Gaither bracing for Super Mario

OWINGS MILLS -- Jared Gaither has spent the majority of this week studying the repertoire of Houston Texans star defensive end Mario Williams as he prepares for the charge of one of the NFL's elite pass rushers. This is the sort of encounter that can define a young offensive tackle, and Gaither has already proven once that he's up to the challenge at the collegiate level.

When Gaither was a University of Maryland freshman in 2005, he watched as Williams racked up sacks for North Carolina State as the blue-chip defensive lineman abused tackle Stephon Heyer.

So, Gaither volunteered to switch positions from left tackle to right tackle to take on the eventual top overall pick in the NFL draft.

The bold gambit worked as Gaither stonewalled Williams for the remainder of the contest without a sack.

"I felt like that game kind of put me on the map to a lot of people," Gaither said. "You can't be afraid of challenges, and I'm not. You have to be determined to shut guys down.

"You can't be timid out there. You go out and you be aggressive and treat a guy like that like anybody else."

Three years later, Gaither will be put to the test again as the Ravens (1-0) prepare to take on the Texans (0-1) as he makes his fourth NFL start.

Naturally, Williams said he didn't recall the unsuccessful previous matchup with Gaither.

"I really don't remember a lot of individual stuff that happened with anyone, actually," Williams said in a conference call with Baltimore reporters. "I try to forget about old stuff like that."

Williams' present is far superior to his past. He recorded 14 sacks last season to rank third in the league.

In a 37-18 loss to the Pittsburgh Steelers last week, he displayed that last year's breakthrough is no fluke as he posted two sacks, six tackles, three quarterback pressures and one forced fumble.

"A young me," said four-time Pro Bowl Ravens defensive end Trevor Pryce when asked who Williams reminds him of. "No, I see someone a lot bigger and stronger than everyone else. I don't know if he's necessarily faster but he's way bigger.

"It's almost unfair when you put a guy that size at defensive end and not inside where you can control him. I'm glad I ain't got to block him, I'm telling you that."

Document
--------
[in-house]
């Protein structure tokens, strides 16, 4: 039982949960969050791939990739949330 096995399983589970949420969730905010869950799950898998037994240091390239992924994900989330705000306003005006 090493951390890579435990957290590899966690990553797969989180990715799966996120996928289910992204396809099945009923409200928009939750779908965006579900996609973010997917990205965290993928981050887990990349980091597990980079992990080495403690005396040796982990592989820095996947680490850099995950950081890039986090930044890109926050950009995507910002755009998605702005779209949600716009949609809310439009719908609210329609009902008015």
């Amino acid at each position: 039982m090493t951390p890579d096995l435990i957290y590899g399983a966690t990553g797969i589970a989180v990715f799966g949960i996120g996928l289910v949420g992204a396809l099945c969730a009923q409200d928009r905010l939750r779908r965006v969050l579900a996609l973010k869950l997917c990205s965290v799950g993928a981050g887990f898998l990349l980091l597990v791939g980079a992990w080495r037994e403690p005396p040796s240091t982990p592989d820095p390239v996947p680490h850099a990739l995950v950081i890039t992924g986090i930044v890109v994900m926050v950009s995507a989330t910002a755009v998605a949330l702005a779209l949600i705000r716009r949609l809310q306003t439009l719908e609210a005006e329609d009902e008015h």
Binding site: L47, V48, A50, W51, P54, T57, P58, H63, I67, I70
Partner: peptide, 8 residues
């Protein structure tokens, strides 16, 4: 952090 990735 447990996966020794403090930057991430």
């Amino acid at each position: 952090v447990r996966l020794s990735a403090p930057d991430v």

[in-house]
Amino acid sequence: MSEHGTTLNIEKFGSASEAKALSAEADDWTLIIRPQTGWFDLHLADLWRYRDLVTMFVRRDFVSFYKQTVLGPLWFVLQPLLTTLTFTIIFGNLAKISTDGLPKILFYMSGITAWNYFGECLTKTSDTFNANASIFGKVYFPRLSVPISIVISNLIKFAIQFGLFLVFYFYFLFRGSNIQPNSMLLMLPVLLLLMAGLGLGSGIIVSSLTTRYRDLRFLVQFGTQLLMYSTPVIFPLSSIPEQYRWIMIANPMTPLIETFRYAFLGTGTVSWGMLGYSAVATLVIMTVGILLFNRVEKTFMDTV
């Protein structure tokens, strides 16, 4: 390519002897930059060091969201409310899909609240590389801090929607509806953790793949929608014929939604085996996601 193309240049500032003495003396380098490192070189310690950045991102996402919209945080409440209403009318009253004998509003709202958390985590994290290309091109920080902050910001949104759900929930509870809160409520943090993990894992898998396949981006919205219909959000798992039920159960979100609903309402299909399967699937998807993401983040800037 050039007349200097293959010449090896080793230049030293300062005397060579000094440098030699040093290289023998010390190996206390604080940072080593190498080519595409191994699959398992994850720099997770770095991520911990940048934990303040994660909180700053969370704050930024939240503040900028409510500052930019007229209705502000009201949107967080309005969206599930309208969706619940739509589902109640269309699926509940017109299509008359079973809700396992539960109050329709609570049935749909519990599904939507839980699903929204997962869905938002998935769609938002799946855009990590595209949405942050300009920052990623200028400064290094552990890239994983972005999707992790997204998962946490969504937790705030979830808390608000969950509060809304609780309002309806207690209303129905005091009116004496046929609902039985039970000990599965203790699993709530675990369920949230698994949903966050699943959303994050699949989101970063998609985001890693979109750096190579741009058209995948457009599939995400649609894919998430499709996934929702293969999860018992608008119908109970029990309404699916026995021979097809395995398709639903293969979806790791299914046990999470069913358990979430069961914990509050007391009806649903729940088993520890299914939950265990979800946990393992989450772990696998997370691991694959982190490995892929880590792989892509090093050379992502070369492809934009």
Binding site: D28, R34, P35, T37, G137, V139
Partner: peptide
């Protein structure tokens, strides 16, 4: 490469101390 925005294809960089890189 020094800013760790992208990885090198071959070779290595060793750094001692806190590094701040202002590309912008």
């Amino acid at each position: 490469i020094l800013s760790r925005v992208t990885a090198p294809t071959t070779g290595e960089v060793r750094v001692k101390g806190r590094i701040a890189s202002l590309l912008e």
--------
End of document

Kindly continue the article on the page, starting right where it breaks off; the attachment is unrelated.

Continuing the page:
It's an apt comparison to Pryce, according to Ravens coach John Harbaugh.

"He's got long arms, he's got heavy hands, he's very athletic," Harbaugh said. "He kind of reminds you of Trevor in some ways, just a tremendous football player.

"That's going to be an interesting matchup, two young, up-and-coming players. Mario, obviously, is ahead of Jared in terms of experience and stuff, so it will be a good challenge for Jared."

Former Texans general manager Charley Casserly drew heavy criticism for bypassing running back Reggie Bush to pick Williams first overall.

Now, the decision looks especially prudent since Williams is excelling as one of the league's best young defenders. He has recorded one sack or more in seven of his past eight games with three games with more than one sack.

"I think it was very difficult for him, but players like that are the ones that become great players," said Texans coach Gary Kubiak, drawing parallels to the harsh treatment former Denver Broncos quarterback John Elway faced as a rookie. "The growing pains he's had to go through, the things that he's had to endure, are what made him better. I think you'll see him play a long, long time and be very effective."

At 6-foot-9, 330 pounds, Gaither has the requisite size and athle ticism as the replacement for retired All-Pro offensive tackle Jonathan Ogden.

In a 17-10 win over the Cincinnati Bengals last week, Gaither held Bengals defensive end Frostee Rucker to no sacks and no quarterback hits.

Williams is an outstanding athlete who blends size, speed and has a set of emerging moves, including a formidable spin and bull rush. At 6-6, 283 pounds, Williams is a sculpted football player with off-the-chart workout numbers.

"I just think he's a physical specimen playing that defensive end position who can really cause havoc coming off that edge," middle linebacker Ray Lewis said. "If you don't get a block on him to slow him down, your offense is going to have a rough day."

In 17 career games, Williams has 20 1/2 sacks. Although he was snubbed for Pro Bowl recognition last year, he's being recognized around the league for his talents.

"He has good balance and he's a good player," Gaither said. "I'm looking forward to colliding with him, and I hope I have a good game."

One thing the Ravens are preparing for is that the Texans may opt to occasionally flop his defensive ends, moving former Ravens starter Tony Weaver, so that Williams can rush against Adam Terry or Willie Anderson on the left side.

That's why it's critical that rookie quarterback Joe Flacco, who wasn't sacked last week in his starting debut, be cognizant of how long he's in the pocket and utilize a quick release.

Otherwise, it could be a long day against Williams.

"We're going to do things to take care of him, we realize he's a good player," Flacco said. "Their defense plays hard, and they'll try to get after us, but we're going to have things to answer that. I'm going to stand back there like normal and get the ball out of my hands when it needs to be."

Because of Williams' prowess, Gaither is likely to have chip-blocking assistance. Still, there are likely to be several one-on-one clashes that will test him severely.

"Gaither has a huge job, man, and he's up for it," wide receiver Derrick Mason said. "Gaither has a big job on his hands this week. He played well last week and he's one of the guys we're counting on.

"Those tackles pretty much dictate what a quarterback can do back there. He's going to accept the challenge, and I think he's going to do pretty good."


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